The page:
Britney Spears’ court-appointed conservator told the court on Wednesday that she has been getting death threats ever since Spears spoke out against the conservatorship last month.
Jodi Montgomery asked the court to allow Spears’ conservatorship estate to pay for the cost of round-the-clock security at Montgomery’s home. In the motion, Montgomery also said Spears wants her to remain as the conservator of Spears’ “person,” and that Montgomery will not be resigning.
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“Since Ms. Spears has requested that Petitioner retain her position as conservator, Petitioner has no intention of abandoning her by resigning because of these threats,” Montgomery’s attorneys wrote.
They also included text messages from Spears to Montgomery, in which Spears wrote: “I need u to stay as my co conservator of person. I’m asking u for ur assistance in getting a new attorney. Thank u for ur help.”
Spears denounced the conservatorship in a public hearing on June 23, calling it abusive and asking Judge Brenda Penny to end it. She said she had been barred from seeing a doctor to have an IUD removed, and that her family — in particular her father — had wielded undue control over her life and her finances.
Since then, there has been some confusion over when Spears might file a motion to end the conservatorship.
Her court-appointed attorney, Samuel Ingham, filed his resignation from the case on Tuesday. Spears’ manager, Larry Rudolph, also announced over the holiday weekend that he would no longer be representing Spears, given that she intends to retire from performing.
In a filing on Tuesday, Spears’ mother, Lynne Spears, broke her silence, appearing to be at odds with her ex-husband, Jamie Spears, supporting her famous daughter’s desires, including being let out of her conservatorship altogether.
An attorney for Lynne Spears asked the judge to “listen to the wishes of her daughter” and allow her to hire her own private attorney, stating that such a move would be “a first step.” The mother’s attorney emphasized, in the court filing, that the pop star asked for her father, Jamie Spears, to be removed from the conservatorship, and wants to be let go from her conservatorship without further evaluation.
“It is self-evident that before the Court addresses, for example, the termination of the conservatorship, Conservatee must be allowed to consult with counsel of her choosing,” Lynne Spears’ attorney wrote. “Clearly, Conservatee needs private counsel to advise her as to her basic rights in this conservatorship.”
In the court docs, Lynne Spears praised her daughter for “baring her heart to the court in an impassioned plea to be heard on several requests,” including the “basic rights” of being allowed to ride in her boyfriend’s car, meet with her own therapist once per week, see her friends, get married, have a baby and remove her IUD. Spears’ mother also stated that her daughter wishes to be allowed to use her own money.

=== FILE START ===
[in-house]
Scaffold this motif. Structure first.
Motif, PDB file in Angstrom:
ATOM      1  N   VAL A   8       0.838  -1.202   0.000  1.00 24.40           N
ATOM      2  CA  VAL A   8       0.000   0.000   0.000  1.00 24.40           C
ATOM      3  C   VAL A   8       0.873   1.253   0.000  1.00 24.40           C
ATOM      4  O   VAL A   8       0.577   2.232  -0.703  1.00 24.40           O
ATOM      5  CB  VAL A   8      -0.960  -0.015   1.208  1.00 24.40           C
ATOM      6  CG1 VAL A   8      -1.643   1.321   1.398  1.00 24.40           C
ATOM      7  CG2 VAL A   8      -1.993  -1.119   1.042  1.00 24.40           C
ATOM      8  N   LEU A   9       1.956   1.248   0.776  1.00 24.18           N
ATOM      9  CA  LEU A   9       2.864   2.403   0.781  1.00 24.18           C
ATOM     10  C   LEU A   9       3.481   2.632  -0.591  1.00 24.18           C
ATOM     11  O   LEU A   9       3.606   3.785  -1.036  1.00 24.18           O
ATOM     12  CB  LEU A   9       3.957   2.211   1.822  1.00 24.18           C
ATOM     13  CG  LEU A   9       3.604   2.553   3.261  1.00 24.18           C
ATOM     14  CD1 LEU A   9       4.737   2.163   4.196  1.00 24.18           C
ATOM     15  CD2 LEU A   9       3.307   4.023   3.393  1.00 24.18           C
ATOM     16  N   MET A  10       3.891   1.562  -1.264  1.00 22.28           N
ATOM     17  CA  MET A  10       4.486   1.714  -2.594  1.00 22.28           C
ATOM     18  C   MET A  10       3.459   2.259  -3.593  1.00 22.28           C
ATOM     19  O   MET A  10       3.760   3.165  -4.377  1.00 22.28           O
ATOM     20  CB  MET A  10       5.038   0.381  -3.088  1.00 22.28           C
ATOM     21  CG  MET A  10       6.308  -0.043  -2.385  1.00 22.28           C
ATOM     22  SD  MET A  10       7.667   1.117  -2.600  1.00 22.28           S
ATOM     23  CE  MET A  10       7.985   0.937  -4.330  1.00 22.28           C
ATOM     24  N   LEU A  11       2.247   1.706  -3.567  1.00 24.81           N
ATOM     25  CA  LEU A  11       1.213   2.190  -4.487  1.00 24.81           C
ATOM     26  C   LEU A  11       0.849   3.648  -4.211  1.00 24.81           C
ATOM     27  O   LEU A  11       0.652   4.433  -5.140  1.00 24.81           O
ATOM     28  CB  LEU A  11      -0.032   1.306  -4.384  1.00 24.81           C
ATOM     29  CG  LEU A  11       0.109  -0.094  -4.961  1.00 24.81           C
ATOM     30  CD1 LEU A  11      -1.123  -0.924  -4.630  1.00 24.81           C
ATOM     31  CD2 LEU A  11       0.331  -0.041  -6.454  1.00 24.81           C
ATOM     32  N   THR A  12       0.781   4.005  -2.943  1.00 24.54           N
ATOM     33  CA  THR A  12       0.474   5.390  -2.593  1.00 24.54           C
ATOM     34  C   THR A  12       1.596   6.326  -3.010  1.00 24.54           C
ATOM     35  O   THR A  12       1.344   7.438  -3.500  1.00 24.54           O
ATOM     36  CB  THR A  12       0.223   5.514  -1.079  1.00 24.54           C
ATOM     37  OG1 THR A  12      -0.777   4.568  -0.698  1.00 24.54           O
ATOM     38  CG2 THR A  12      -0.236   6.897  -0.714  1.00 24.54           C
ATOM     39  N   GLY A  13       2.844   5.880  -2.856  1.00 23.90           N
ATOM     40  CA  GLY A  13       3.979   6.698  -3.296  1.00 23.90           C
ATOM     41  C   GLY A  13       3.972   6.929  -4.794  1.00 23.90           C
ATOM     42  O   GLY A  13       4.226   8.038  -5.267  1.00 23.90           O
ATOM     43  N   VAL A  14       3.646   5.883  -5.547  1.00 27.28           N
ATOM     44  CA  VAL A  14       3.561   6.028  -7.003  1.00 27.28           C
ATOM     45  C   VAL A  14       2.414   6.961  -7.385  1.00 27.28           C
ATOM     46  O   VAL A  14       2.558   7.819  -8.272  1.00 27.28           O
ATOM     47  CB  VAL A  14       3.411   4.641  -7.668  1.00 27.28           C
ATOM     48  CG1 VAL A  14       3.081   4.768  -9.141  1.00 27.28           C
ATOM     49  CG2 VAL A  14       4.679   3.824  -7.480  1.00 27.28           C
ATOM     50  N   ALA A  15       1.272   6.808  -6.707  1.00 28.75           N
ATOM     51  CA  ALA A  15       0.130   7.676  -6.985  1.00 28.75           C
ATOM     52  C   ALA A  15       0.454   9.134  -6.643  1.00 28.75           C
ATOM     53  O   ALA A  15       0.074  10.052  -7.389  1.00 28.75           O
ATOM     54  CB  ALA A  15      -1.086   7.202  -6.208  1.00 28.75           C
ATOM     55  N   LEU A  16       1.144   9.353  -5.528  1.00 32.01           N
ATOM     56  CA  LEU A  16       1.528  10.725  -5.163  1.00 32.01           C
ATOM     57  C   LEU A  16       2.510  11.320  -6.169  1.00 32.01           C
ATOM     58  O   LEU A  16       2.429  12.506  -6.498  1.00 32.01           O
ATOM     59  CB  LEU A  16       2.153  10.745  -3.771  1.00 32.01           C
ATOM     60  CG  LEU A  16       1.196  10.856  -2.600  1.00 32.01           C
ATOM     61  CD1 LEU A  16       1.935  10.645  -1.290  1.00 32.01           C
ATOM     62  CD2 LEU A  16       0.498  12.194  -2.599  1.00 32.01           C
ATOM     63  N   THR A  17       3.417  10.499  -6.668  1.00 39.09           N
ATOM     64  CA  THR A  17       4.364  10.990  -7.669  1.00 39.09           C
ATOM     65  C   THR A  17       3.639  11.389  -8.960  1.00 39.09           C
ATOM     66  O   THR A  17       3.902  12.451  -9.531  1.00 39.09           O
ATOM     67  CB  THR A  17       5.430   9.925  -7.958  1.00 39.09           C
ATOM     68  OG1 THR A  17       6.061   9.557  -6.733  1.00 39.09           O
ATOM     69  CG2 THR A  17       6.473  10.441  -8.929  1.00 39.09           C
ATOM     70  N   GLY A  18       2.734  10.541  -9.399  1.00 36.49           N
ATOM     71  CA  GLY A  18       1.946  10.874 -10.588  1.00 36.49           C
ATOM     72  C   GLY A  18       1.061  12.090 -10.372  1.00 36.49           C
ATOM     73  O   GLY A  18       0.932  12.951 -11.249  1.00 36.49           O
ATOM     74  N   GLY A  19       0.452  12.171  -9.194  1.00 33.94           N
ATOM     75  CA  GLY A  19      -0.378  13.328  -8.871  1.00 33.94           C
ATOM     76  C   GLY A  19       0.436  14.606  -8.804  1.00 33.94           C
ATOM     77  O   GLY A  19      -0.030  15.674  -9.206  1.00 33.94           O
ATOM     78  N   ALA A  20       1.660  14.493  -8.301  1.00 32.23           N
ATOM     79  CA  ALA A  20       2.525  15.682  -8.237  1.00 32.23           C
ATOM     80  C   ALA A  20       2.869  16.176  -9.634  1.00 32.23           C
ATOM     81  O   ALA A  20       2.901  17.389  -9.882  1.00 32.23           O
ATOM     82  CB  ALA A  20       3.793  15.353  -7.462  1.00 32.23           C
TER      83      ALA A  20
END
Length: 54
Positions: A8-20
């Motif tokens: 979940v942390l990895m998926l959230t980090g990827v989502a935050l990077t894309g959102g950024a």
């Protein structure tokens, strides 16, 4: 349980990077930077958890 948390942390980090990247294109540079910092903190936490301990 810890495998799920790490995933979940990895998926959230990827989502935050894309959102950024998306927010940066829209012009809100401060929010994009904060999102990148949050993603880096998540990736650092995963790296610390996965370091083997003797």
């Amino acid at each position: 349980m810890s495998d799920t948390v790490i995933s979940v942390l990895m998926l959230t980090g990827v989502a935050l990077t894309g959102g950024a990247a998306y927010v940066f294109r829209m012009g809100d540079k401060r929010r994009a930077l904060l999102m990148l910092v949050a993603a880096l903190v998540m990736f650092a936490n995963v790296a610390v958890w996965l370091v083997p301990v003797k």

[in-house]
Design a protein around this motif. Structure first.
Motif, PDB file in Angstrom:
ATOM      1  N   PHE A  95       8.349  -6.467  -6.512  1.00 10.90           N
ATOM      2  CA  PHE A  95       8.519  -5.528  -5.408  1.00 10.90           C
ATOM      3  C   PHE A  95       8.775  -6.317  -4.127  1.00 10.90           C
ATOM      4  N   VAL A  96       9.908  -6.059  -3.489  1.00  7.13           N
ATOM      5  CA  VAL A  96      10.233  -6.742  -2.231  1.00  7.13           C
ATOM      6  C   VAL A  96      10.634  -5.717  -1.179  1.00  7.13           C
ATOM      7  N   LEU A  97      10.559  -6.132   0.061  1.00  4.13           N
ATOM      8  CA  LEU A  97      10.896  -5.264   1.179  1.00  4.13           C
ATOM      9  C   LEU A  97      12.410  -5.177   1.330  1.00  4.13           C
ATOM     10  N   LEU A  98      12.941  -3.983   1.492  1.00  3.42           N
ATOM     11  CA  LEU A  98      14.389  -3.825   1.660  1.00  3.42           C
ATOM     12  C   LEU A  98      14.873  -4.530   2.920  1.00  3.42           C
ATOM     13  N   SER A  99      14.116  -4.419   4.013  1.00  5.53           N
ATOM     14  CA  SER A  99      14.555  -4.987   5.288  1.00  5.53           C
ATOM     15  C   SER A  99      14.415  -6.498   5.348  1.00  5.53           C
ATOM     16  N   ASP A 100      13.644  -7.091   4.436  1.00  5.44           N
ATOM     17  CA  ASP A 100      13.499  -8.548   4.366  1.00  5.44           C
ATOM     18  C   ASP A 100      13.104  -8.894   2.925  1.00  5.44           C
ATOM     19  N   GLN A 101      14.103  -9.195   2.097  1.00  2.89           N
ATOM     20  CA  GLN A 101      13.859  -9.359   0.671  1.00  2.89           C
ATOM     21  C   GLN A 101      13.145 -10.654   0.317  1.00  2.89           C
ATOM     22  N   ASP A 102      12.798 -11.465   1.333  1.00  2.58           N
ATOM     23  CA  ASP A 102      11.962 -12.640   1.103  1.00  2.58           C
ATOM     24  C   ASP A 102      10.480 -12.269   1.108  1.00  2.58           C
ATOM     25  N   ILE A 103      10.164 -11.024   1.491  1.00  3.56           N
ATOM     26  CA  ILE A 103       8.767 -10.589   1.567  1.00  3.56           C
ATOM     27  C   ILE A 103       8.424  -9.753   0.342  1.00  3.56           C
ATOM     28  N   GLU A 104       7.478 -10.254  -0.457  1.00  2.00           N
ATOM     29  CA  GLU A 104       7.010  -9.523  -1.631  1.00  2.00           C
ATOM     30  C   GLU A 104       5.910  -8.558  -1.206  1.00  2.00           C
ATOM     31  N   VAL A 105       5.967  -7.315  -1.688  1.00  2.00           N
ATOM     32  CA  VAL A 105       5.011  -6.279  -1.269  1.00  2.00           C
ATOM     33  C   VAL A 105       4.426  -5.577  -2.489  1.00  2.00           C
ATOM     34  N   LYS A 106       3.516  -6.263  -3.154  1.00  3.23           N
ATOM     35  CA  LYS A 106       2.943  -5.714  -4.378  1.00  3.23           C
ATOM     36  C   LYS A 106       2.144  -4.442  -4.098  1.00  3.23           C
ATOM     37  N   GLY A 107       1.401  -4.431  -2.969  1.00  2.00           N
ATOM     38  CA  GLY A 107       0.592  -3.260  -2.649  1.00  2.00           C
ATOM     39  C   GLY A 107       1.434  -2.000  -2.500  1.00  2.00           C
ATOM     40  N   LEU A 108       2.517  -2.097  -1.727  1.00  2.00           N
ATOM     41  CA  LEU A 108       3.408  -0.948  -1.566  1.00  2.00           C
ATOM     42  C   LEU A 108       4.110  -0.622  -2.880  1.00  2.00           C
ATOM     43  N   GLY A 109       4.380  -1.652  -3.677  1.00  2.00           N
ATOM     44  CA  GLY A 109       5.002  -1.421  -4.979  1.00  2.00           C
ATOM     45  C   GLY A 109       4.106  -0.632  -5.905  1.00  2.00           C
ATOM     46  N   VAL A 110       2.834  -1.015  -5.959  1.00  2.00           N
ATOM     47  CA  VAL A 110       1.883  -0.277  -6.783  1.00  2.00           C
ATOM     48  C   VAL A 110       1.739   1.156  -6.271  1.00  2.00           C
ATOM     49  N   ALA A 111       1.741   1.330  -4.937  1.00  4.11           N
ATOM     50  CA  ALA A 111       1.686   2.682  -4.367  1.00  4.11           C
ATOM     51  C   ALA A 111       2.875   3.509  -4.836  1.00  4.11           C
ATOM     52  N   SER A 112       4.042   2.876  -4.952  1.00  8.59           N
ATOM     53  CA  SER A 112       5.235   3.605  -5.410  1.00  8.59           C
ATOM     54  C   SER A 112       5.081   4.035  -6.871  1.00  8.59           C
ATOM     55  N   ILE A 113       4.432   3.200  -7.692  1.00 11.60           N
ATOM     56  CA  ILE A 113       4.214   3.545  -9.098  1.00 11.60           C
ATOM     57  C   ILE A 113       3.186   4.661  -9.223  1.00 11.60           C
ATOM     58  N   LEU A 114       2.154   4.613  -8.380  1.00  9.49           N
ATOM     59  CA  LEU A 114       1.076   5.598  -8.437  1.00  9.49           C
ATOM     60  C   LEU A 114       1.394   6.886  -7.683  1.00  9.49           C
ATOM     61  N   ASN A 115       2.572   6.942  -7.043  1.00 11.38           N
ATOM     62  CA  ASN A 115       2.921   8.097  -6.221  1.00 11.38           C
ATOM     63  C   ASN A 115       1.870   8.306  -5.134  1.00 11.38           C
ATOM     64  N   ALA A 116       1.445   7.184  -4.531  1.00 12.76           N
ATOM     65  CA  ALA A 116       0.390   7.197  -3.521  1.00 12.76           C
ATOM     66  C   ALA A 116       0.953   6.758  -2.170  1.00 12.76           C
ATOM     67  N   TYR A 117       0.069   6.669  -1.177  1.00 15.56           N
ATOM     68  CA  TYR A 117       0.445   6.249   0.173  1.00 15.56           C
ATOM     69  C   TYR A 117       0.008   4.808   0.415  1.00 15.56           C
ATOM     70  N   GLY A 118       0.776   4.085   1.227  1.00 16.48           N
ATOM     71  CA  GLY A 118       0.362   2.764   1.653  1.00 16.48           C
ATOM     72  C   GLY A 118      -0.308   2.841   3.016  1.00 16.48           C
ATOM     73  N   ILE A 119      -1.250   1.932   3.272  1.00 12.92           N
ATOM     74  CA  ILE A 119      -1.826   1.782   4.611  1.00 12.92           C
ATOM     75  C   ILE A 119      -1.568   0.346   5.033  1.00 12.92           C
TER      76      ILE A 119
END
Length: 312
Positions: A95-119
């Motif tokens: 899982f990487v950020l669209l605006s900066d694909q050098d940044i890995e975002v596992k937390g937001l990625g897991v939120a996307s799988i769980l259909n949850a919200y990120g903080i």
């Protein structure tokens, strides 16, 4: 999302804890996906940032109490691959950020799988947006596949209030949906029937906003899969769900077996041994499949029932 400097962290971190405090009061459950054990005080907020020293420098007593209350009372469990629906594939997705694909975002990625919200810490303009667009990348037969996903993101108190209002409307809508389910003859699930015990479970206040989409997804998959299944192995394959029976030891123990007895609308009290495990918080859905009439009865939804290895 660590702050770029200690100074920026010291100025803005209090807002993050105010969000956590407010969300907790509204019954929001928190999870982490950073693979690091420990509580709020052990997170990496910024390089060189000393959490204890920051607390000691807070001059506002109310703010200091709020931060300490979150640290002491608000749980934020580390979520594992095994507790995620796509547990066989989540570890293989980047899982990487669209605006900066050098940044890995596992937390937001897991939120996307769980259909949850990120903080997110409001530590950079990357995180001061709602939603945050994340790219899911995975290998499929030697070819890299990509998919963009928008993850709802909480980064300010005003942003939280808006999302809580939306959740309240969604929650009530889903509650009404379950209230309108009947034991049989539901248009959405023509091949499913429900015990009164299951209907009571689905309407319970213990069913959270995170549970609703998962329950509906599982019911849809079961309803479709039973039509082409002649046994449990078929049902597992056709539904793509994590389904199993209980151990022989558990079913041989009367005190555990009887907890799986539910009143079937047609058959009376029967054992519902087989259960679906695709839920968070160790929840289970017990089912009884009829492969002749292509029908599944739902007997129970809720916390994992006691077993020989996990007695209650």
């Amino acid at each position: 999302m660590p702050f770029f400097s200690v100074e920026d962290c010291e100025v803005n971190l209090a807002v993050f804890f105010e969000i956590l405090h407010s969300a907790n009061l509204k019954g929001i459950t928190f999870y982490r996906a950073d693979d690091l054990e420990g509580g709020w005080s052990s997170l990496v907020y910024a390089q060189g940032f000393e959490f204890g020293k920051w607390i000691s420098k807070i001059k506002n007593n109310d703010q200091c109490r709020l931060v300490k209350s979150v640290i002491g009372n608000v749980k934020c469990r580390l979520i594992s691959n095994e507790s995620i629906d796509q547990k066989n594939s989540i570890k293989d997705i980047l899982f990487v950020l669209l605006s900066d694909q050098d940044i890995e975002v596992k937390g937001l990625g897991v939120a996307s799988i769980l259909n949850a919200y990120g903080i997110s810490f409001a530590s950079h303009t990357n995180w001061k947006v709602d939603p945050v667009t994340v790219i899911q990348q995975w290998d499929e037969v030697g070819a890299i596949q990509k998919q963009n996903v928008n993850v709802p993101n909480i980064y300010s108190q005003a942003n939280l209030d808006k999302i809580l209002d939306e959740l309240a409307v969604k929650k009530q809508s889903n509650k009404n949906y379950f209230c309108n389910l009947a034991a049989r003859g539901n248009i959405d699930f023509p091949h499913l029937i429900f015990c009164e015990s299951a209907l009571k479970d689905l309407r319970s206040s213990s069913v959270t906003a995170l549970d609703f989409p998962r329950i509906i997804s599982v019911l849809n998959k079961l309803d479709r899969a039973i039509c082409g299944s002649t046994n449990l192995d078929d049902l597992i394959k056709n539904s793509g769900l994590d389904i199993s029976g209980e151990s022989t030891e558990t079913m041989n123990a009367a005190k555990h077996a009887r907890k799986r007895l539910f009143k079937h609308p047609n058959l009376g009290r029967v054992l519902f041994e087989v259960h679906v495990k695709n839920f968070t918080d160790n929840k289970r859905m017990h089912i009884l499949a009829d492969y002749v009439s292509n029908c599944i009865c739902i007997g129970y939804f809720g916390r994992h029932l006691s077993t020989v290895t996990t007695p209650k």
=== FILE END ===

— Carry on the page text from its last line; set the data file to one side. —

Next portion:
The petition from Spears’ mother’s attorney stated: “It is beyond dispute that this is a unique conservatorship,” stating that circumstances have changed over the past 13 years. “Now, and for the past many years, Conservatee is able to care for her person and in fact has, inside the parameters of this conservatorship, earned literally hundreds of millions of dollars as an international celebrity.” (These statements appear to strategically point out to the court that Spears is able to manage tasks that the typical person under a conservatorship — usually an elderly individual with dementia or Alzheimers, or an individual with a disability — is quite literally unable to do.)
Montgomery stated that she has received threats throughout the case, but that the amount and the severity of the threats increased dramatically after the June 23 hearing. She said she was advised to get 24/7 security for at least a couple of months, and she provided an estimate that it would cost $25,000 every two weeks. The conservatorship estate, overseen by the singer’s father, Jamie Spears, has been covering the cost. But Jamie Spears’ attorneys have also said they need a court order to allow the payments to continue, and that if the court denies the request, Montgomery would be personally liable for the expense.
The next hearing for Spears’ conservatorship is set for July 14 at the Los Angeles Superior Courthouse. It is unclear, at this time, whether the singer will be represented by Ingham, the court-appointed attorney who just asked to be withdrawn from the case, for that hearing.
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